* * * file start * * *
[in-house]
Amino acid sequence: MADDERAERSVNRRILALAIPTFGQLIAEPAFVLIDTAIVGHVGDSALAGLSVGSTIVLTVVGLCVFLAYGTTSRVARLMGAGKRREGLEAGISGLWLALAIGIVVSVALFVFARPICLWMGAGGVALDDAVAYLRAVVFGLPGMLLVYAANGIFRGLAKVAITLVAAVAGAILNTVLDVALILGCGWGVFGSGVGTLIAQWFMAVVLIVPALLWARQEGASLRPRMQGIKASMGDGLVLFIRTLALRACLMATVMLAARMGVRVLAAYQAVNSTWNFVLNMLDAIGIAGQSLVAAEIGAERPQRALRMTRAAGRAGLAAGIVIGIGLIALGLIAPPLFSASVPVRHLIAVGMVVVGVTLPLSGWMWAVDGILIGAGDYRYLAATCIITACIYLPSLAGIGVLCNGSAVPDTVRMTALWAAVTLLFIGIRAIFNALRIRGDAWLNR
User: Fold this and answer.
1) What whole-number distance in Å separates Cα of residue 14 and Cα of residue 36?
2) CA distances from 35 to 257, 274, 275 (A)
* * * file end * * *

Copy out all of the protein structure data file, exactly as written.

[in-house]
Amino acid sequence: MADDERAERSVNRRILALAIPTFGQLIAEPAFVLIDTAIVGHVGDSALAGLSVGSTIVLTVVGLCVFLAYGTTSRVARLMGAGKRREGLEAGISGLWLALAIGIVVSVALFVFARPICLWMGAGGVALDDAVAYLRAVVFGLPGMLLVYAANGIFRGLAKVAITLVAAVAGAILNTVLDVALILGCGWGVFGSGVGTLIAQWFMAVVLIVPALLWARQEGASLRPRMQGIKASMGDGLVLFIRTLALRACLMATVMLAARMGVRVLAAYQAVNSTWNFVLNMLDAIGIAGQSLVAAEIGAERPQRALRMTRAAGRAGLAAGIVIGIGLIALGLIAPPLFSASVPVRHLIAVGMVVVGVTLPLSGWMWAVDGILIGAGDYRYLAATCIITACIYLPSLAGIGVLCNGSAVPDTVRMTALWAAVTLLFIGIRAIFNALRIRGDAWLNR
User: Fold this and answer.
1) What whole-number distance in Å separates Cα of residue 14 and Cα of residue 36?
2) CA distances from 35 to 257, 274, 275 (A)